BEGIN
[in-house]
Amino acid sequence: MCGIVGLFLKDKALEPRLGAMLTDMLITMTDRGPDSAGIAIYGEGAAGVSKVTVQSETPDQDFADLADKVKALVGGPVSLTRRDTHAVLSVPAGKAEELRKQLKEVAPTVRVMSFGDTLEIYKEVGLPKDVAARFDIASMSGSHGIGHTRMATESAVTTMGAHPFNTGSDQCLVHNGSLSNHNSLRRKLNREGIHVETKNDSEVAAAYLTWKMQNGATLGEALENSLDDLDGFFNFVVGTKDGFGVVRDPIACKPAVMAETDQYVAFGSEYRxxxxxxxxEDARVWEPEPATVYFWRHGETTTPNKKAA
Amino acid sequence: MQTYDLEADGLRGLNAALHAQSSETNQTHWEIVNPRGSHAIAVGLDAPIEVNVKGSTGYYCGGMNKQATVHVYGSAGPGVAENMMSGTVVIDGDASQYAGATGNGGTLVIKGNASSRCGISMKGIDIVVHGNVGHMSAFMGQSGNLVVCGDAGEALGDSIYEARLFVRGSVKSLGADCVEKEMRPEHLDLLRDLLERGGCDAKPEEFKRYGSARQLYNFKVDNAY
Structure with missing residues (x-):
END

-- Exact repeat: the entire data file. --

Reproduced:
[in-house]
Amino acid sequence: MCGIVGLFLKDKALEPRLGAMLTDMLITMTDRGPDSAGIAIYGEGAAGVSKVTVQSETPDQDFADLADKVKALVGGPVSLTRRDTHAVLSVPAGKAEELRKQLKEVAPTVRVMSFGDTLEIYKEVGLPKDVAARFDIASMSGSHGIGHTRMATESAVTTMGAHPFNTGSDQCLVHNGSLSNHNSLRRKLNREGIHVETKNDSEVAAAYLTWKMQNGATLGEALENSLDDLDGFFNFVVGTKDGFGVVRDPIACKPAVMAETDQYVAFGSEYRxxxxxxxxEDARVWEPEPATVYFWRHGETTTPNKKAA
Amino acid sequence: MQTYDLEADGLRGLNAALHAQSSETNQTHWEIVNPRGSHAIAVGLDAPIEVNVKGSTGYYCGGMNKQATVHVYGSAGPGVAENMMSGTVVIDGDASQYAGATGNGGTLVIKGNASSRCGISMKGIDIVVHGNVGHMSAFMGQSGNLVVCGDAGEALGDSIYEARLFVRGSVKSLGADCVEKEMRPEHLDLLRDLLERGGCDAKPEEFKRYGSARQLYNFKVDNAY
Structure with missing residues (x-):